A range of raw emotions

A range of raw emotions

Colours aren't just pretty. They carry meanings for beholders as some of our junior reporters learned during a visit to a local design school


From left: Cassandra Lee, Janet Tam, William Cheng and Crystal Tai with Angela Choi, archivist from the Hong Kong Design Institute (centre)
From left: Cassandra Lee, Janet Tam, William Cheng and Crystal Tai with Angela Choi, archivist from the Hong Kong Design Institute (centre)
Photo: Gareth Pang/SCMP
What would you associate with the colour red or blue or green? Would it be energy, passion, love, sadness? The way colours shape our views of the world is endless. But they have different associations across cultures. Our junior reporters went to the Hong Kong Design Institute last week for a colourful visit ...

Taiwanese Bwa Bwei divination blocks Photo: Hong Kong Design Institute

In the inner section of the exhibition hall, traditional wedding gowns from Vietnam and Thailand shimmer in white. On the upper floor, red dominates: daily items from Taiwan, the mainland and Hong Kong are painted red and neatly arranged.

These and many other exhibits are part of the Colours of Asia exhibition, organised by the Hong Kong Design Institute and The Design Alliance Asia. The exhibition showcases items from 13 Asian regions.

They are grouped according to colour: red, yellow, blue, green, black and white. The show demonstrates the unique uses of colour across the continent.

In Taiwan, red means good luck. When facing a difficult decision in life, some Taiwanese turn to Bwa Bwei divination blocks. These red, cashew-shaped bamboo blocks are thrown to the ground, and the pattern in which they land is interpreted as a certain sign.

In Thailand, red has come to symbolise the supporters of ousted prime minister Thaksin Shinawatra.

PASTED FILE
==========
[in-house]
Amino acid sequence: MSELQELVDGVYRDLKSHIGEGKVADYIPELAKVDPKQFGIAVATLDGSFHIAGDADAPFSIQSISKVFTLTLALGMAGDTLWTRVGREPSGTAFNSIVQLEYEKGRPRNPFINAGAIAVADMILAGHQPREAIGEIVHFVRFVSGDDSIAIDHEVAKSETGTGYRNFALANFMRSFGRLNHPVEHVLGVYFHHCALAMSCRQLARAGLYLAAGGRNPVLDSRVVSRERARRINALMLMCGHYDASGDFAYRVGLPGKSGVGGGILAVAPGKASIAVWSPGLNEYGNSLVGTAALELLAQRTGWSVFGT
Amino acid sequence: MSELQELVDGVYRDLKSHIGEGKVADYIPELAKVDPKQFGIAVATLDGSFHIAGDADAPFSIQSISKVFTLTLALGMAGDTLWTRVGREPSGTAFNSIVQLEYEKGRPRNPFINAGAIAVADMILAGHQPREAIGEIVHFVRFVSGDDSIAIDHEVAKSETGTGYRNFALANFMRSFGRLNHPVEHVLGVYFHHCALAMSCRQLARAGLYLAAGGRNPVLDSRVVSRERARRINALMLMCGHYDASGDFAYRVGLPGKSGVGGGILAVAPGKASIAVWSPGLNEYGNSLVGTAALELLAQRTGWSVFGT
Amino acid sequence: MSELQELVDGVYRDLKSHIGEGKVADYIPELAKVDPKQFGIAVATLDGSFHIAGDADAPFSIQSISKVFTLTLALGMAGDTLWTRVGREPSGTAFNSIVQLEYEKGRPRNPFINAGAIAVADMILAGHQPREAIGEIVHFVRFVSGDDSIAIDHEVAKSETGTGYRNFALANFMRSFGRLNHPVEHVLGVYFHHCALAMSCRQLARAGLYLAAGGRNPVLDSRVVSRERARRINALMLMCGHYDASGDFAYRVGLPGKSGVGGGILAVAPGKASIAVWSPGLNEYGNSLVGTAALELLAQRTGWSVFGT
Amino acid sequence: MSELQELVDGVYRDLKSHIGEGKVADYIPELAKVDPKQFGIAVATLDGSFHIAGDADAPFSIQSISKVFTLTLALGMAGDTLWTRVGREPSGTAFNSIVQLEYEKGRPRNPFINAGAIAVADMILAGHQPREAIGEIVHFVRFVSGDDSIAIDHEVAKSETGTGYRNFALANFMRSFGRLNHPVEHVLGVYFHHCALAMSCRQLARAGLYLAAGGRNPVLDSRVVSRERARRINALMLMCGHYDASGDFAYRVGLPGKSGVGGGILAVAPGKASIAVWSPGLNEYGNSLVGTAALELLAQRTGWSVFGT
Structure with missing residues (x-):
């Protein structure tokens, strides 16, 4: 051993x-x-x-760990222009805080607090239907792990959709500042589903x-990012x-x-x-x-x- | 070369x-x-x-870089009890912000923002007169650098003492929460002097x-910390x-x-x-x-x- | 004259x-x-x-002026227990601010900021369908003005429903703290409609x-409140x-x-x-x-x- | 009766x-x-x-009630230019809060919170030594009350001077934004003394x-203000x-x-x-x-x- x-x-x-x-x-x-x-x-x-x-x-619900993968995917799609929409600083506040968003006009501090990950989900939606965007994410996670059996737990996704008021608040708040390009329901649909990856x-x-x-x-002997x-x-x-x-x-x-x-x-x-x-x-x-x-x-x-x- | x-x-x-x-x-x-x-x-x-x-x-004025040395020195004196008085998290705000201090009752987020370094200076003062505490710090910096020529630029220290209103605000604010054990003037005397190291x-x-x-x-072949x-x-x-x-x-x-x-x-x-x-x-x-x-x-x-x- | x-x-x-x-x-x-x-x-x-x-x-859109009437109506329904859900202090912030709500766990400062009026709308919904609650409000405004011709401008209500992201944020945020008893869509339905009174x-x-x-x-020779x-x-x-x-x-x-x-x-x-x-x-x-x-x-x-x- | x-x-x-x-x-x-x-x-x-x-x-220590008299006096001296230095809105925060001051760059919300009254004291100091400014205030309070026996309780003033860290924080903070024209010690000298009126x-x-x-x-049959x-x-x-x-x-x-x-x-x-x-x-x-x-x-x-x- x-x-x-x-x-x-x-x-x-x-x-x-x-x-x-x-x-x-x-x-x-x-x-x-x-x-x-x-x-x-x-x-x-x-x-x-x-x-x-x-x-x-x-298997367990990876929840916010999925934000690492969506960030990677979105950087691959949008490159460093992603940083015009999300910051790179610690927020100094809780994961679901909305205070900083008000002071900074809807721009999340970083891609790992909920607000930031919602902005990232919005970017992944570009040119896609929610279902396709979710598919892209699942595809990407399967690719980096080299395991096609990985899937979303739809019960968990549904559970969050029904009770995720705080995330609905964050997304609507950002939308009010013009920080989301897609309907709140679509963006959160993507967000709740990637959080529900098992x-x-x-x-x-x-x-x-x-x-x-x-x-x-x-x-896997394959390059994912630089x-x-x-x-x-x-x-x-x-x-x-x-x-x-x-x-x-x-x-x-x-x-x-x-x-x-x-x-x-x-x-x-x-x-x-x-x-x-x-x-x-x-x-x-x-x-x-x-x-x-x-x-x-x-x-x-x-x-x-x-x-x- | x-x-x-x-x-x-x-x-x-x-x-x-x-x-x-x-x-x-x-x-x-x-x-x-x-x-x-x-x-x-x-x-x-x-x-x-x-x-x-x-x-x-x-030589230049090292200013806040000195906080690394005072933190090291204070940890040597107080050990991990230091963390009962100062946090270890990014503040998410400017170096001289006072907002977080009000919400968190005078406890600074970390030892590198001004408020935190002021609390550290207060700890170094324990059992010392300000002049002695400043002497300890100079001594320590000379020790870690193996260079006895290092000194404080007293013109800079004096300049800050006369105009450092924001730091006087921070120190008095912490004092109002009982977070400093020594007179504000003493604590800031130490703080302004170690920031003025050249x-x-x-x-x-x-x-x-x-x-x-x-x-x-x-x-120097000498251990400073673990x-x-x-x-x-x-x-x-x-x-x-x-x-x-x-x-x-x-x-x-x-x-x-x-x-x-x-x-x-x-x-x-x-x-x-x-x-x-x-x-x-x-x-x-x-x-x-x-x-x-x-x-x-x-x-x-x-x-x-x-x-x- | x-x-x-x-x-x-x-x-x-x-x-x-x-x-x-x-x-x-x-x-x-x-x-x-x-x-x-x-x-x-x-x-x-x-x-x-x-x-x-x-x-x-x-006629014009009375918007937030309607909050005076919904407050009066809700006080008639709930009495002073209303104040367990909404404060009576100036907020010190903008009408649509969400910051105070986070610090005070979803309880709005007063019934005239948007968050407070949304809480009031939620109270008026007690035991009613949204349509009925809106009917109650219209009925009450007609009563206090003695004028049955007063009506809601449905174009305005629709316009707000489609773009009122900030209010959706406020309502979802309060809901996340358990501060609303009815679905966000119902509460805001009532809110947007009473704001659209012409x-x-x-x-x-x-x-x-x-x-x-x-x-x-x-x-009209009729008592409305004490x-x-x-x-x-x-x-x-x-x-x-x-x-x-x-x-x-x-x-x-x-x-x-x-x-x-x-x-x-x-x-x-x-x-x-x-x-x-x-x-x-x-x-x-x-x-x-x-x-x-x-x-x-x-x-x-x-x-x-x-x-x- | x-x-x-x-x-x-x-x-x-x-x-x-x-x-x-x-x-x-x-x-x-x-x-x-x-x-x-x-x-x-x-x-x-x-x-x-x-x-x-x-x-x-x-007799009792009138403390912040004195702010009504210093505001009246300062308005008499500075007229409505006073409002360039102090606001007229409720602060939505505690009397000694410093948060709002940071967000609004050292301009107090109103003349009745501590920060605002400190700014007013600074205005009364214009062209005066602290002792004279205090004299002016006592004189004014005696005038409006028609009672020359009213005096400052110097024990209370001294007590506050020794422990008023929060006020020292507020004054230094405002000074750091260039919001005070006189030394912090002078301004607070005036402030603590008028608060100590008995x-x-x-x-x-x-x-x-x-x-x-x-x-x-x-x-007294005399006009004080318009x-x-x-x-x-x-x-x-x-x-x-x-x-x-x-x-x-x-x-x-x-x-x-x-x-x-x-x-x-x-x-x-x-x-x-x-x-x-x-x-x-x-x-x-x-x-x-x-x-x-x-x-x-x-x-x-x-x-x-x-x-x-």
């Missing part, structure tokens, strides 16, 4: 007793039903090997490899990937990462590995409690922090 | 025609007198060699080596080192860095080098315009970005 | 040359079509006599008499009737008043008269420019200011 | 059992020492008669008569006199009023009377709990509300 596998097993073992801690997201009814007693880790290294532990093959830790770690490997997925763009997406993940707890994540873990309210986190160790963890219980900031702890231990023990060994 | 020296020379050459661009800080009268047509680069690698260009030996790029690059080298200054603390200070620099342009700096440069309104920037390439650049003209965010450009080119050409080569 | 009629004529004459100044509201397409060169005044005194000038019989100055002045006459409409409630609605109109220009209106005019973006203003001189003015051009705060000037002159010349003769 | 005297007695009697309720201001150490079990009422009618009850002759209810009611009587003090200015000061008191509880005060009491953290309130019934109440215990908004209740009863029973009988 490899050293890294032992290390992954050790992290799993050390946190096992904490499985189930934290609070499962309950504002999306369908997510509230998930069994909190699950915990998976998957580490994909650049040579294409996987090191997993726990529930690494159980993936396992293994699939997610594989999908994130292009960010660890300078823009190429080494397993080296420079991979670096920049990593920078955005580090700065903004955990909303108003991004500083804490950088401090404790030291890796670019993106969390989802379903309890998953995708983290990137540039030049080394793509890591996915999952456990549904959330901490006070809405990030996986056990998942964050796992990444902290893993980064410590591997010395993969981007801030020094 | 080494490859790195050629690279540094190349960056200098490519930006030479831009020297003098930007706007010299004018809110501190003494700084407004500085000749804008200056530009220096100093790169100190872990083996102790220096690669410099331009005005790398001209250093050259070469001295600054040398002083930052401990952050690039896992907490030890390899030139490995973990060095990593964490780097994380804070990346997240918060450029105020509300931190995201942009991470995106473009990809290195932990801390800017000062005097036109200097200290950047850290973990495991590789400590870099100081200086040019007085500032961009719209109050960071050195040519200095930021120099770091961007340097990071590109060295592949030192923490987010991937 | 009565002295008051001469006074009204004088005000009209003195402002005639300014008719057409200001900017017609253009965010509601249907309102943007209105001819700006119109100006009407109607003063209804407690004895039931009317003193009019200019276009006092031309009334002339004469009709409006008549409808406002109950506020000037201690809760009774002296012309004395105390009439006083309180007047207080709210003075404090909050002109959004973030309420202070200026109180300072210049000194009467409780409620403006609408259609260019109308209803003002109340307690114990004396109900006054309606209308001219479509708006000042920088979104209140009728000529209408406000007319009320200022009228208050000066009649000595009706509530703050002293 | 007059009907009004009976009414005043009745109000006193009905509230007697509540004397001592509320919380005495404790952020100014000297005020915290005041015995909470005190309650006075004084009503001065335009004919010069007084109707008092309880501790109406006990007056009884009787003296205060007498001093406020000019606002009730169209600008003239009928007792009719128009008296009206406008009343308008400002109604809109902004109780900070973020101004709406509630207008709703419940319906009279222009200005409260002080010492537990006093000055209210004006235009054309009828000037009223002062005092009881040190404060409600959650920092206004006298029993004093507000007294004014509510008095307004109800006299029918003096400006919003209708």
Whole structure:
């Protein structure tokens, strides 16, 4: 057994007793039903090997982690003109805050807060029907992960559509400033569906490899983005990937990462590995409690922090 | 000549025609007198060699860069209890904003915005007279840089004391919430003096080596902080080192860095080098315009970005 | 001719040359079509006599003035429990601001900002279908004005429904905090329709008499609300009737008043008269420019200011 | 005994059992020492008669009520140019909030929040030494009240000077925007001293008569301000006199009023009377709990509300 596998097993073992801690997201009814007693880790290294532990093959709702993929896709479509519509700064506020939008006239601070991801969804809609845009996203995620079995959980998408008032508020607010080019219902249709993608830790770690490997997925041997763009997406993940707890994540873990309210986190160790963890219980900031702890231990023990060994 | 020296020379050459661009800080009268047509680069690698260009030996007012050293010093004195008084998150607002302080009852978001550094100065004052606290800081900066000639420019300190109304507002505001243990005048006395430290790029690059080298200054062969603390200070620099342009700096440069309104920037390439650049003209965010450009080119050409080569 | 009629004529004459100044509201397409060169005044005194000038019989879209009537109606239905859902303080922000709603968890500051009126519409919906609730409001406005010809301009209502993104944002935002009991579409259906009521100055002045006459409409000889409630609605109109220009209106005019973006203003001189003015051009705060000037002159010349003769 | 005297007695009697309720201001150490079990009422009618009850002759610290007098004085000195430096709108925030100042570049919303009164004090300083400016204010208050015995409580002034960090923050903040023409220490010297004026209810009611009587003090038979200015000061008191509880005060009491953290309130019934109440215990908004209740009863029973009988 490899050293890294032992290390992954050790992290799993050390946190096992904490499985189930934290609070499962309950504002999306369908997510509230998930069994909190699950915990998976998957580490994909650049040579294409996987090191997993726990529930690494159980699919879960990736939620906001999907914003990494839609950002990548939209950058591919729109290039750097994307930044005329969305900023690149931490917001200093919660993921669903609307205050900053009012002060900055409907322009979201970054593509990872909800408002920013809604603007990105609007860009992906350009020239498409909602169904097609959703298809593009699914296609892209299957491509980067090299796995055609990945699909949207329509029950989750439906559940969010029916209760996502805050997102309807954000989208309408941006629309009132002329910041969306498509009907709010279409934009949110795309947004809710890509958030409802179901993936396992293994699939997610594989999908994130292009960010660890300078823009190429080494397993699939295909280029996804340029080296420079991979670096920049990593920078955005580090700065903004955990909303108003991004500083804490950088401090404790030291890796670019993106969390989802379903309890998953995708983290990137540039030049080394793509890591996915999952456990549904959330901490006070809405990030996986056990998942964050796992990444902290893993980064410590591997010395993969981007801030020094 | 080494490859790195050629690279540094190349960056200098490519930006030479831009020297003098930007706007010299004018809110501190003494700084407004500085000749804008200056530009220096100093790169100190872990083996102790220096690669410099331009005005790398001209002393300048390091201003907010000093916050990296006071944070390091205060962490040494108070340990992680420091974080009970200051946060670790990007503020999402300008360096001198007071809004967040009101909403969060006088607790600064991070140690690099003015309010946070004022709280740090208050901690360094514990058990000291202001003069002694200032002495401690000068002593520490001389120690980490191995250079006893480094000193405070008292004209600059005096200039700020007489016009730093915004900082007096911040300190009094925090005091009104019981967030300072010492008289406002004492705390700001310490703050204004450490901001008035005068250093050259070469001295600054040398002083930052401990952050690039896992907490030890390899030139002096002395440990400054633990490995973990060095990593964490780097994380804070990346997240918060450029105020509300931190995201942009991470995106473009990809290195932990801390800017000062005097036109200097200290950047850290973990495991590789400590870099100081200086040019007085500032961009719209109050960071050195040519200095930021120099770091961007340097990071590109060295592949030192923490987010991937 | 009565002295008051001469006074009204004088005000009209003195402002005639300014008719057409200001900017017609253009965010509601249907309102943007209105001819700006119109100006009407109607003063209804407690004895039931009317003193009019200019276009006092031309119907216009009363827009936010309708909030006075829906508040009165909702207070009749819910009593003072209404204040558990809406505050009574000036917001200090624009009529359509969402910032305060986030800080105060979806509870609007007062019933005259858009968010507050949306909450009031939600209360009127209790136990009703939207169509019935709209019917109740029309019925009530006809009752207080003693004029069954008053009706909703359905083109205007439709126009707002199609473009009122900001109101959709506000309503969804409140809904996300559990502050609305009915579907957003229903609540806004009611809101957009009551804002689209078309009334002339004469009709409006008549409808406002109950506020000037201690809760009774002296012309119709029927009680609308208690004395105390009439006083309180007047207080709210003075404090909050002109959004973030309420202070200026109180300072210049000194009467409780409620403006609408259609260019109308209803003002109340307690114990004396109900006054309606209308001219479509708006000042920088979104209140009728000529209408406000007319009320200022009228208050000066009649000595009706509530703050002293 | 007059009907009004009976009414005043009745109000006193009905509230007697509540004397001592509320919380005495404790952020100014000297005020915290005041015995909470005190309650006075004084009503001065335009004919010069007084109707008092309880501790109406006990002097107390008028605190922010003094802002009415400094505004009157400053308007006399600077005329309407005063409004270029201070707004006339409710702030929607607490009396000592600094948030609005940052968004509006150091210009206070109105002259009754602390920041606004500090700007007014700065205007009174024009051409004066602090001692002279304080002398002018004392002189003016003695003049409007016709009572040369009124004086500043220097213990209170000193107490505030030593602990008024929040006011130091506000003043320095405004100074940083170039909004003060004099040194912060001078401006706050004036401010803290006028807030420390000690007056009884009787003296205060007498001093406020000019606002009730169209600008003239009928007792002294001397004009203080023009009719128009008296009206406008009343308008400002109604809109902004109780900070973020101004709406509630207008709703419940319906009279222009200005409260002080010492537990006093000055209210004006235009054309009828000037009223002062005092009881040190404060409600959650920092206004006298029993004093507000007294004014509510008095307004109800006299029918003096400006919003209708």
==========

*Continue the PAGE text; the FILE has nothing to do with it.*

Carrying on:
Janet Tam

Crystal Tai (left) and Janet Tam check out the exhibits Photo: Gareth Pang/SCMP

Green is a universal colour for nature. Many green groups include the pleasing colour in their logos. But in South Korea protesters wearing green shirts may not be environmental activists. The colour stands for the country's labour movement.

In Islamic culture, green is a sacred colour. Not only is it used on the bindings for the text of the religion's sacred book, the Koran; it also appears on decorations in mosques. Muslims will turn their green prayer rugs towards the direction of Mecca, Islam's holiest site in Saudi Arabia, before they begin their prayers.

Crystal Tai

A Muslim prayer rug is painted in green, the religion's sacred colour Photo: Hong Kong Design Institute

During Eid al-Fitr, adults give money to children in green envelopes. Eid al-Fitr is a Muslim religious holiday which follows Ramadan, the holy month of fasting.

In Hinduism, blue stands for infinity. According to Hindu mythology, Lord Shiva saved the universe by drinking a mystical poison that turned his throat blue. That's why the Hindu deity is often shown in blue on sculptures and in images.

Cassandra Lee

The Colours of Asia is at the Hong Kong Design Institute, Tseung Kwan O, until January 31

Young Post Junior Reporters' Club organises regular activities for our members to join. If you'd like to be part of it, send your name, age, school and contact details to reporters.club@scmp.com now, with "jun rep application" in the subject bar



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